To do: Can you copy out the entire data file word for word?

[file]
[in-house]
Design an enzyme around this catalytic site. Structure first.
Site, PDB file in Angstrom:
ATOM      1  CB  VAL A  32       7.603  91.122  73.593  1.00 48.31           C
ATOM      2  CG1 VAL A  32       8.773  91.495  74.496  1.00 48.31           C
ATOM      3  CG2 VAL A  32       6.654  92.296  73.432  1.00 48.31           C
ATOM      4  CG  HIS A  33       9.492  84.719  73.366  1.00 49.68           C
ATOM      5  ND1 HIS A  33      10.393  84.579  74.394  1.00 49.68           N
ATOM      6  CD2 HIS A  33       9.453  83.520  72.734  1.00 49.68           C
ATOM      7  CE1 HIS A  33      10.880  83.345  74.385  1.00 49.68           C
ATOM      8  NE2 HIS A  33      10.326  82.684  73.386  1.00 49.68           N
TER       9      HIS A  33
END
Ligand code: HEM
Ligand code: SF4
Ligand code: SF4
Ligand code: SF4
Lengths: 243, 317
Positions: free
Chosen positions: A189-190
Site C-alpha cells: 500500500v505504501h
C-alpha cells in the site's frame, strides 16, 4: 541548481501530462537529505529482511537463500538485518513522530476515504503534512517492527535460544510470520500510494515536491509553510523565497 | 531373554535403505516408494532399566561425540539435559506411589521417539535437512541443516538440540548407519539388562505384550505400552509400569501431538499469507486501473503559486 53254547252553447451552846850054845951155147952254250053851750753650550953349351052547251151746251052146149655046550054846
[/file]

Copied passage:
[in-house]
Design an enzyme around this catalytic site. Structure first.
Site, PDB file in Angstrom:
ATOM      1  CB  VAL A  32       7.603  91.122  73.593  1.00 48.31           C
ATOM      2  CG1 VAL A  32       8.773  91.495  74.496  1.00 48.31           C
ATOM      3  CG2 VAL A  32       6.654  92.296  73.432  1.00 48.31           C
ATOM      4  CG  HIS A  33       9.492  84.719  73.366  1.00 49.68           C
ATOM      5  ND1 HIS A  33      10.393  84.579  74.394  1.00 49.68           N
ATOM      6  CD2 HIS A  33       9.453  83.520  72.734  1.00 49.68           C
ATOM      7  CE1 HIS A  33      10.880  83.345  74.385  1.00 49.68           C
ATOM      8  NE2 HIS A  33      10.326  82.684  73.386  1.00 49.68           N
TER       9      HIS A  33
END
Ligand code: HEM
Ligand code: SF4
Ligand code: SF4
Ligand code: SF4
Lengths: 243, 317
Positions: free
Chosen positions: A189-190
Site C-alpha cells: 500500500v505504501h
C-alpha cells in the site's frame, strides 16, 4: 541548481501530462537529505529482511537463500538485518513522530476515504503534512517492527535460544510470520500510494515536491509553510523565497 | 531373554535403505516408494532399566561425540539435559506411589521417539535437512541443516538440540548407519539388562505384550505400552509400569501431538499469507486501473503559486 53254547252553447451552846850054845951155147952254250053851750753650550953349351052547251151746251052146149655046550054846